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This story was originally published by NC Policy Watch on Dec. 1. Story by Joe Killian.

North Carolina towns and cities are largely scoring higher on LGBTQ equality measures, according to a new study from The Human Rights Campaign.

The national LGBTQ advocacy organization released its annual Municipal Equality Index Wednesday, scoring more than 500 cities across the country on 49 different criteria with regard to law, policies and services of municipalities. The group calls the annual report, in its eleventh year, “the nation’s premier benchmarking tool for municipal officials, policy makers and business leaders to understand how well cities across the nation are embodying LGBTQ+ inclusion in their laws, policies, and services.”

The index examined ten North Carolina municipalities, the same number as last year. Three of those cities – Carrboro, Chapel Hill and Greensboro – received perfect scores of 100.

While Chapel Hill and Greensboro received perfect scores last year as well, Carrboro’s score is up from 84 last year. While the scores for most North Carolina municipalities rose or stayed the same in the last year Durham, which got a 100 last year, fell to 92.

Durham’s drop came in the “municipality as employer” section of the evaluation. Last year, the city got 26 out of a possible 28 points in this section, while this year that dropped to 20. The city was scored zero of a possible two points under the “inclusive workplace” metric and zero of a possible three points under the “city contractor non-discrimination ordinance” metric.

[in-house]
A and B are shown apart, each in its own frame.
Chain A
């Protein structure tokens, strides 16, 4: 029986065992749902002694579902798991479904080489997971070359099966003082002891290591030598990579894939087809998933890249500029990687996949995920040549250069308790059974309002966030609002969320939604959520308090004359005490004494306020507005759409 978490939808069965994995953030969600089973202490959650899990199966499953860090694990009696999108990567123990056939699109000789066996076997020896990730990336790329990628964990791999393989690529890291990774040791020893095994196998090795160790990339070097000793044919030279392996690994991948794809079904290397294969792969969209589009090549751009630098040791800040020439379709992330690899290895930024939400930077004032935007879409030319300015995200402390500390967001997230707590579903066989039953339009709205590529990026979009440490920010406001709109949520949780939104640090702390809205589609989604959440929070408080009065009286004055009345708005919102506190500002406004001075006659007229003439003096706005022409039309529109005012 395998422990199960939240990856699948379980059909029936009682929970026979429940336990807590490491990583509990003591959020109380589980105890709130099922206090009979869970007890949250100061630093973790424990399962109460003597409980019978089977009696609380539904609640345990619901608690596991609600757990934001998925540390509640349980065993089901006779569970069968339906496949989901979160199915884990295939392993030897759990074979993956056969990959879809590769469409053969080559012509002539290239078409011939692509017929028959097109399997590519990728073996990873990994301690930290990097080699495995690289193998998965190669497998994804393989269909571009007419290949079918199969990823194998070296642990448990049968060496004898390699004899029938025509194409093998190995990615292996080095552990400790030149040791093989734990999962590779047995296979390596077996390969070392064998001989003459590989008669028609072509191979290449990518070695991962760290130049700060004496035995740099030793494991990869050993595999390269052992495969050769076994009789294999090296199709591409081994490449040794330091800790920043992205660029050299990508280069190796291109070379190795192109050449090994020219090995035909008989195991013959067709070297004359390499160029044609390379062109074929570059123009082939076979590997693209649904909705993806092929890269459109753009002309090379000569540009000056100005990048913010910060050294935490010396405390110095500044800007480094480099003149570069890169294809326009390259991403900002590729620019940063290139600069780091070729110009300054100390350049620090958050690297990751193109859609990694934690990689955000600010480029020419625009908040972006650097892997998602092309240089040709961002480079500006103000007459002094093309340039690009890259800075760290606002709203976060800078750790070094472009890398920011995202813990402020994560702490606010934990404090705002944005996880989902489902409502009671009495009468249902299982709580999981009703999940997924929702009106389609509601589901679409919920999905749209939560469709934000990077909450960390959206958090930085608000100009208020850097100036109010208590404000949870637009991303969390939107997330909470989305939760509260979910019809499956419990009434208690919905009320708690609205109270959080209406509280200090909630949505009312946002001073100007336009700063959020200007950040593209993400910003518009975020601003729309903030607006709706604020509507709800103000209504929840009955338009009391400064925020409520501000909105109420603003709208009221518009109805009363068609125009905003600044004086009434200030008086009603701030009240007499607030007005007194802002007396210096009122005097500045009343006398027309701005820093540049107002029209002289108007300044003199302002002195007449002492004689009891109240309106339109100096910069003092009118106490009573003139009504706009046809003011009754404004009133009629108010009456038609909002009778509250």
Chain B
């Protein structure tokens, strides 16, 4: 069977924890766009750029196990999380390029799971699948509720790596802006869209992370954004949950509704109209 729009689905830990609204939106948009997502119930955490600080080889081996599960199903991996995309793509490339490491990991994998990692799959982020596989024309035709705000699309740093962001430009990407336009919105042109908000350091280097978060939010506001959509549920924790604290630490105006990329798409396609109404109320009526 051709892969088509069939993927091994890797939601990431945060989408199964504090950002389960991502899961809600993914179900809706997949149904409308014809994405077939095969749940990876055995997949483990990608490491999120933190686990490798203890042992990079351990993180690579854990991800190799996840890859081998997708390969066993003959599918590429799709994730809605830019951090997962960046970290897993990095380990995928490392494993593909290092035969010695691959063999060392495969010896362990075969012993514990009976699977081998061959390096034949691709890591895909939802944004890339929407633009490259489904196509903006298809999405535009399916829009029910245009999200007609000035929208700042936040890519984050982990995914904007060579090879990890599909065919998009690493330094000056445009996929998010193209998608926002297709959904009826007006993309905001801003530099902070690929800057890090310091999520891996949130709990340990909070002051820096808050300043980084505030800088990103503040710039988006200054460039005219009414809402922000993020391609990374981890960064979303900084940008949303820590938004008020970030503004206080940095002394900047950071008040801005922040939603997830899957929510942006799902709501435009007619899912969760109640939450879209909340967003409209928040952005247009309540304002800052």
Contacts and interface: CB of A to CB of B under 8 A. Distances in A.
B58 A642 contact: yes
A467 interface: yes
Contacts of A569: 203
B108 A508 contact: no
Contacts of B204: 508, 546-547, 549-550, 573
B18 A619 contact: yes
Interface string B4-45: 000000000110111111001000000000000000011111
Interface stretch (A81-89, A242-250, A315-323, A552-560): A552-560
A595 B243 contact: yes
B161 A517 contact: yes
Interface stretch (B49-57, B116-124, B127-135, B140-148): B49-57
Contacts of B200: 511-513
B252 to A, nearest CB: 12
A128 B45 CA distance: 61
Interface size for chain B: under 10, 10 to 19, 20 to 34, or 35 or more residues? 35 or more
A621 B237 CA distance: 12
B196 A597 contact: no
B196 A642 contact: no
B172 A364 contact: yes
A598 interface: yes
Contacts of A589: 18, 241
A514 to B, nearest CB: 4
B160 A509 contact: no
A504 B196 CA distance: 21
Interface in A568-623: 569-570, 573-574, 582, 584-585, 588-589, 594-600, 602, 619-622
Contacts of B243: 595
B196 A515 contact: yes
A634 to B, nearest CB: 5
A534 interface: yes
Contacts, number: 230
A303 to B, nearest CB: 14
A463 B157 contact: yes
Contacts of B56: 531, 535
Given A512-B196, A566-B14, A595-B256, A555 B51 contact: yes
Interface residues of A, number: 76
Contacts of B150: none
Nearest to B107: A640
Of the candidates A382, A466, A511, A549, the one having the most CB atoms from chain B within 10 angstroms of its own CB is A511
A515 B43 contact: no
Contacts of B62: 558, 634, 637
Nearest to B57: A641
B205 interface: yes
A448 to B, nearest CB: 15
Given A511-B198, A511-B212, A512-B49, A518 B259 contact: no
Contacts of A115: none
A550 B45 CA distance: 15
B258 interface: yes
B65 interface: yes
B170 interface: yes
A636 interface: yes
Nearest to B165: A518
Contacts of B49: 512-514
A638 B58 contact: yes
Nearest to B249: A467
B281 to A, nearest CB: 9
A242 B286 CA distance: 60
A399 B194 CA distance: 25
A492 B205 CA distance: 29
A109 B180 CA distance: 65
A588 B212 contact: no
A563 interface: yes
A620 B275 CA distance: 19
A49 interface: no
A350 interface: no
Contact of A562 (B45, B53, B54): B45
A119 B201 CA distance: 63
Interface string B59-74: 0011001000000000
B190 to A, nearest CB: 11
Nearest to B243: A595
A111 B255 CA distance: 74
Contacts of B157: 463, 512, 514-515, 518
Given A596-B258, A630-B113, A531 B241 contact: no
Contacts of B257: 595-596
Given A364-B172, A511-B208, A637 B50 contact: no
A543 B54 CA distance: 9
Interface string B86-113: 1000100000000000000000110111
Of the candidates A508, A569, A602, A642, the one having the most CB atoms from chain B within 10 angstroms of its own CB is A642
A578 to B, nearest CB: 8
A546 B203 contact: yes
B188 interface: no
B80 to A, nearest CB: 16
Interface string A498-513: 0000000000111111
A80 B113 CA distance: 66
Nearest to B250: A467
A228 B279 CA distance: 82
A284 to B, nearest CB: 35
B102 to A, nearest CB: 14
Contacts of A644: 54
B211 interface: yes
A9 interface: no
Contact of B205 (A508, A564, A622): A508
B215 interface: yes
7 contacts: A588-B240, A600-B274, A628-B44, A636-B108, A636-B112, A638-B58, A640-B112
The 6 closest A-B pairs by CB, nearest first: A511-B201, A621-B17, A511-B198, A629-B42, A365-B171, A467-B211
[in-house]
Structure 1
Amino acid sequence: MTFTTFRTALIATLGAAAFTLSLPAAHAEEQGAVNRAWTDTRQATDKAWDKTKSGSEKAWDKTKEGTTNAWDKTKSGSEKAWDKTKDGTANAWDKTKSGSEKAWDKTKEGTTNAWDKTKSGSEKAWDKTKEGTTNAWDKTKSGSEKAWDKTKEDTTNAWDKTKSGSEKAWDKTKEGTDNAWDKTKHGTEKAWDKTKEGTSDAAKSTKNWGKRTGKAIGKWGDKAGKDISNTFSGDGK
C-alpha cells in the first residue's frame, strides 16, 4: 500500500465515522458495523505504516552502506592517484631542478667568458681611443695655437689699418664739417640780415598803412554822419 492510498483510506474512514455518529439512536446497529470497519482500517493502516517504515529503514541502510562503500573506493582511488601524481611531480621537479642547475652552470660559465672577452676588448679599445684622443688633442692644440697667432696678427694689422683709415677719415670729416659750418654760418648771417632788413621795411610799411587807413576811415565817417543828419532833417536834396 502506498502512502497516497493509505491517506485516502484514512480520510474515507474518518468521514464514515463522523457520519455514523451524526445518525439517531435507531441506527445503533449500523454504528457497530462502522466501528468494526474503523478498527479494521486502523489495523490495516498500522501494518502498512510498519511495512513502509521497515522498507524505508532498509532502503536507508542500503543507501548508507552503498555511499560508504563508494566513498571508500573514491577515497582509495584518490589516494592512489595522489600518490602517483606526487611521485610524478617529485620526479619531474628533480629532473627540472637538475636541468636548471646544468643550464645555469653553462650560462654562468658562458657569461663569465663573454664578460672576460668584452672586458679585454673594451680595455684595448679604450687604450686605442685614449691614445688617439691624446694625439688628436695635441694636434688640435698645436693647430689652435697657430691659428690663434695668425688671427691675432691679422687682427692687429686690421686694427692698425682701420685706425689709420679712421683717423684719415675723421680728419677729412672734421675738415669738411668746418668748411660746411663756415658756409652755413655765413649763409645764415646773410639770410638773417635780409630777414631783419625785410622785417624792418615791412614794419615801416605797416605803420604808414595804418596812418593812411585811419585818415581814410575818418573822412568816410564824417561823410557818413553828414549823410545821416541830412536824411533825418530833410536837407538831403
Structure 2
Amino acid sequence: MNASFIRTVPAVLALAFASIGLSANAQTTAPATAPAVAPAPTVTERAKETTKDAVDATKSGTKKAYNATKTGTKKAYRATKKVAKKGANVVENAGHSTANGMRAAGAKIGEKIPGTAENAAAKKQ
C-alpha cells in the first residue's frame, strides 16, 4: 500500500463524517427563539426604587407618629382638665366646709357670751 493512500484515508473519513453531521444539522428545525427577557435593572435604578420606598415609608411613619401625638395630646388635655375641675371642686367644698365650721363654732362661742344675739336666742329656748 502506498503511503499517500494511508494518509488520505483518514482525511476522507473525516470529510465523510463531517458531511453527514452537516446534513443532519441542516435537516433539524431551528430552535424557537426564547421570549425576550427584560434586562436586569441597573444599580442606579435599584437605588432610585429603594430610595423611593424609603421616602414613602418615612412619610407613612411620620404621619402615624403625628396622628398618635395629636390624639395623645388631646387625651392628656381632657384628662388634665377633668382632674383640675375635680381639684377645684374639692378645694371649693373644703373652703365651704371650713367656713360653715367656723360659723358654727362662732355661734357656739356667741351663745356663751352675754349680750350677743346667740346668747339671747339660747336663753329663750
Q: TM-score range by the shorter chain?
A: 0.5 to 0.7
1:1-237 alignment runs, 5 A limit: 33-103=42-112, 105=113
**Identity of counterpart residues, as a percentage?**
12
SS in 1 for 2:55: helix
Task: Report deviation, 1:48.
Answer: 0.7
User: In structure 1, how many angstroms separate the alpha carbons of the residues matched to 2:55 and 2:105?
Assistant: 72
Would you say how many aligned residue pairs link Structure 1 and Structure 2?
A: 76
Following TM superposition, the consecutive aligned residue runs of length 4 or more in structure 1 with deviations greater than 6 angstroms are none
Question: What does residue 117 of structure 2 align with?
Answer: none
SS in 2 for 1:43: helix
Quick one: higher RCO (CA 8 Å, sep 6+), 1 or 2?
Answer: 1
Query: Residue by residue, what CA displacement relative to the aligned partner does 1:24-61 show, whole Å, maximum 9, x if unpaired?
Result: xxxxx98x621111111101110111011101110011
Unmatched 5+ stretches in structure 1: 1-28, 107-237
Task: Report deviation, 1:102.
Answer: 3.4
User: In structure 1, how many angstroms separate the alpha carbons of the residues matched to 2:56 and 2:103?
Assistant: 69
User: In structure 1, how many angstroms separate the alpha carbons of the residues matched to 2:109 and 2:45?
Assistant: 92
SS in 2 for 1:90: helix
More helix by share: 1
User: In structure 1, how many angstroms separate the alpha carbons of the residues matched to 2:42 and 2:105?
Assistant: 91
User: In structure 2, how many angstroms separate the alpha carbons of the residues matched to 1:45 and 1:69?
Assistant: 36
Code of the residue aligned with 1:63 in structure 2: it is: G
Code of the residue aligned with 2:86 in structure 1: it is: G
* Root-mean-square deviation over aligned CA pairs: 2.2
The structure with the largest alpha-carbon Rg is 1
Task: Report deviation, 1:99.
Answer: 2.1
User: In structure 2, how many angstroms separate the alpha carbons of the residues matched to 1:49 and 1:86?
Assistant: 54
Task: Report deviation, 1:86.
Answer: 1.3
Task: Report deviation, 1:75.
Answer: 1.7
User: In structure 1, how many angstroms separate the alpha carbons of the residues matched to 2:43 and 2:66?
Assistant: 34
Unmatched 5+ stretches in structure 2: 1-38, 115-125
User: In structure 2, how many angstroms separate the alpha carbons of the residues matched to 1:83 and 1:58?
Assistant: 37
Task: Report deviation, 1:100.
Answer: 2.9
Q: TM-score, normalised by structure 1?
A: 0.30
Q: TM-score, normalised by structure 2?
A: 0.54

The city also got fewer “flex points” this year than last – extra points awarded to municipalities on criteria that “aren’t available to all cities at this time.” This can boost the total score for a municipality, though none of the scores can exceed 100.  Flex points are awarded, for instance, for cities offering city employee domestic partner benefits and those that have youth bullying prevention policies.

Last year Durham got two flex points for the city providing services specific to LGBTQ youth and two for providing services to LGBTQ people experiencing homelessness. This year, it got zero flex points in each of those categories.

Some of last year’s lowest scoring municipalities had dramatic increases in this year’s report. Cary, which scored 12 last year, is at 50 this year. Wilmington, which was at 36 last year, jumped 10 points to a score of 46.  Some of the increased scores can be attributed to a successful campaign to get municipalities across the state to adopt local non-discrimination ordinances.

As Policy Watch has reported, the new ordinances became possible when a state ban on new local protections — including nondiscrimination ordinances for employment and housing — was lifted. The ban was a legacy of the brutal fight over HB 2 and HB 142, the controversial laws that excluded lesbian, gay, bisexual and transgender people from statewide nondiscrimination protections.

This year’s municipal equality report comes as a rising tide of anti-LGBTQ bills sweep state legislatures across the country, the U.S. Senate moves to protect marriage equality and LGBTQ people face a sharp increase in politically motivated violence.

“This year, we’ve seen a disturbing number of extremist legislators attacking transgender and non-binary youth for no reason other than to erase them and their families,” said JoDee Winterhof, senior vice president of Policy and Political Affairs for The Human Rights Campaign. “However, we’re seeing local leaders continue to push forward in making equality and inclusion the cornerstone of their cities. By doing so, they have helped to create safe, welcoming spaces for all families while spurring economic growth by signaling to residents, visitors and employers that their city is open to everyone.”

The full equality index rankings for North Carolina, in descending order:

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